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Snyder v. Office of Personnel Management

U.S. Court of Appeals, Federal Circuit


February 05, 1999

DAVID L. SNYDER, PETITIONER,
v.
OFFICE OF PERSONNEL MANAGEMENT, RESPONDENT.

Before Mayer, Chief Judge, Rich, and Bryson, Circuit Judges.

The opinion of the court was delivered by: Per Curiam.

Decision

Daniel L. Snyder appeals from a decision of the Merit Systems Protection Board (MSPB or Board), No. SF-0831-98-0005-I-1, affirming the final decision of the Office of Personnel Management (OPM) finding that Mr. Snyder was not entitled to an annuity under the Civil Service Retirement Act. We affirm because substantial evidence supports the Board's decision.

Background

Mr. Snyder was employed by the U.S. Postal Service for three months in 1975, during which time he contributed $163.56 to the Civil Service Retirement System Fund (CSRS Fund). In December 1975 Mr. Snyder filed an application for a refund of his CSRS contribution. Postal Service records show that the agency authorized the refund of Mr. Snyder's contribution in January 1976.

Mr. Snyder was again employed by the Postal Service from July 1978 to December 1984, during which time he contributed $5,754.75 to the CSRS Fund. In December 1984 Mr. Snyder filed another retirement contribution refund application. As part of the application process, Mr. Snyder acknowledged that, by receiving a refund of his CSRS Fund contribution, he was forfeiting any future retirement benefits related to his Postal Service employment.

Some time later, Mr. Snyder contacted the office of Senator Alan Cranston and requested assistance concerning receipt of his refund. Senator Cranston sent a letter dated April 26, 1985 to the OPM, requesting that Mr. Snyder's refund be expedited. In a contact report dated May 3, 1985, an OPM employee noted that the OPM had received Mr. Snyder's records from the Postal Service on April 4, 1985 and that the OPM had authorized payment of his refund on April 17, 1985. *fn1

There is no evidence of further communication between Mr. Snyder and the government concerning his CSRS refunds until June 1997, at which time Mr. Snyder applied to receive retirement benefits from the Postal Service. In August 1997 the OPM refused Mr. Snyder's request for CSRS benefits, based on Mr. Snyder's forfeiture of those benefits when he received the refunds he requested in 1975 and 1984. Mr. Snyder appealed to the MSPB, asserting that he had either not received or not cashed the 1985 refund check.

The MSPB administrative Judge held a hearing, at which Mr. Snyder asserted that the OPM did not prove that he had actually received the refund of his CSRS Fund contributions, and that he should therefore be entitled to a CSRS annuity. In her opinion, the administrative Judge stated that Mr. Snyder had the burden of showing his entitlement to a retirement benefit by a preponderance of the evidence, and found that Mr. Snyder had not met this burden. The administrative Judge therefore affirmed the OPM's decision. The Board denied Mr. Snyder's petition for review of the administrative Judge's decision, which made that decision final and appealable to this court. Mr. Snyder has appealed to this court.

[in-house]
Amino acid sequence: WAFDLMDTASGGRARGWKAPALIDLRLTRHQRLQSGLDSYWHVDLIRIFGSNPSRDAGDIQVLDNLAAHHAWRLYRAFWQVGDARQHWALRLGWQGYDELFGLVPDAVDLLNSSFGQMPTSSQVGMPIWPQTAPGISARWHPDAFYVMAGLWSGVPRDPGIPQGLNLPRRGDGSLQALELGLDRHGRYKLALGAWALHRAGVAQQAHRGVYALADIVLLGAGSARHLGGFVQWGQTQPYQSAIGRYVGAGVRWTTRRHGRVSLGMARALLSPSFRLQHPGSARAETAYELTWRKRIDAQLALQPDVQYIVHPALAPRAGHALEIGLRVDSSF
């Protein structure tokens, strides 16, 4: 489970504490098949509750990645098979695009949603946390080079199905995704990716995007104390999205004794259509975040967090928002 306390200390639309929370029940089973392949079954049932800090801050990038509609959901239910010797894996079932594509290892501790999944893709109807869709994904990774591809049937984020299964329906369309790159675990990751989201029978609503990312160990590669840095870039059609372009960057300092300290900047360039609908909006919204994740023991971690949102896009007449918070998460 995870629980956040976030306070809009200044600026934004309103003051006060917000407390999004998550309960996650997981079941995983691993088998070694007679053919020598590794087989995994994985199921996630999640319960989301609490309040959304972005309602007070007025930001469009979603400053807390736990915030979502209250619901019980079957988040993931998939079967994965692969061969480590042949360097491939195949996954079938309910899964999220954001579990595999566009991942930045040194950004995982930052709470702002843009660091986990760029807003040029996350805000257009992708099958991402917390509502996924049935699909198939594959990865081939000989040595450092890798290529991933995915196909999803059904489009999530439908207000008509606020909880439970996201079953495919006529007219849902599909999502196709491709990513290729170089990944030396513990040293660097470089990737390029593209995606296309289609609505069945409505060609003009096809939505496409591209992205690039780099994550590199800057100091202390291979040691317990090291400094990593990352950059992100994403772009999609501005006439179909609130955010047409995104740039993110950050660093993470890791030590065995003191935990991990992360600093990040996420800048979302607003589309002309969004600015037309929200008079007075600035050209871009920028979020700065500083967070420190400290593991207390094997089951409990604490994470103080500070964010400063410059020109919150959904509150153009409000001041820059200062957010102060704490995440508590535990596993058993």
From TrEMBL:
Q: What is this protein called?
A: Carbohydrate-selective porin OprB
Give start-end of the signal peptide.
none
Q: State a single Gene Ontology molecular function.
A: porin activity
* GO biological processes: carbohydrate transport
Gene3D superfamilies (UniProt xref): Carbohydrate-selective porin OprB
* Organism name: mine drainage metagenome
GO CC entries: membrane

Discussion

We affirm a Board decision unless it is (1) arbitrary, capricious, an abuse of discretion, or otherwise not in accordance with law; (2) obtained without procedures required by law, rule or regulation having been followed; or (3) unsupported by substantial evidence. See Frederick v. Department of Justice, 73 F.3d 349, 351-52 (Fed. Cir. 1996) (quoting 5 USC § 7703(c)). The substantial evidence requirement is met if a reasonable mind might accept the evidence as adequate to support the Conclusion that was reached. See id. at 352.

The administrative Judge properly held that the burden was on Mr. Snyder to show, by a preponderance of the evidence, that he did not receive a refund of his retirement contributions, and therefore was entitled to CSRS benefits. See True v. Office of Personnel Management, 926 F.2d 1151, 1153 (Fed. Cir. 1991) (burden is on petitioner); see also 5 U.S.C. § 8342(a) (1994) (person applying for and receiving lump-sum retirement sum voids all retirement annuity rights). The administrative Judge found that Mr. Snyder had applied for a refund of his retirement contributions, that there was no evidence to show that refund checks were not issued by the Treasury Department (Treasury), and no notification by Treasury that any refund check was returned to it as not delivered to Mr. Snyder. *fn2 The administrative Judge also noted that, following the May 1985 response by the OPM to Senator Cranston's office, there was no evidence that Mr. Snyder had initiated further contact with the senator's office or OPM. The administrative Judge found this to be persuasive evidence that Mr. Snyder had received a refund check in 1985, stating that

"[o]ne would expect that after contacting Senator Cranston's office, if the appellant had failed to receive his refund payment, he would have continued inquiries to the agency and the Senator after 1985. Accordingly, I find the appellant's testimony that he cannot recall receiving the refund insufficient to sustain his burden of proof in this case, and inconsistent with the documentary evidence of record."

Based on the administrative record before us, to which our review is limited, see Fed. R. App. P. 16(a), we are satisfied that substantial evidence supports the administrative Judge's Conclusion that Mr. Snyder received a refund of his CSRS Fund contribution in 1985. We therefore affirm the administrative Judge's decision, which in turn affirmed the OPM's denial of additional retirement benefits to Mr. Snyder.


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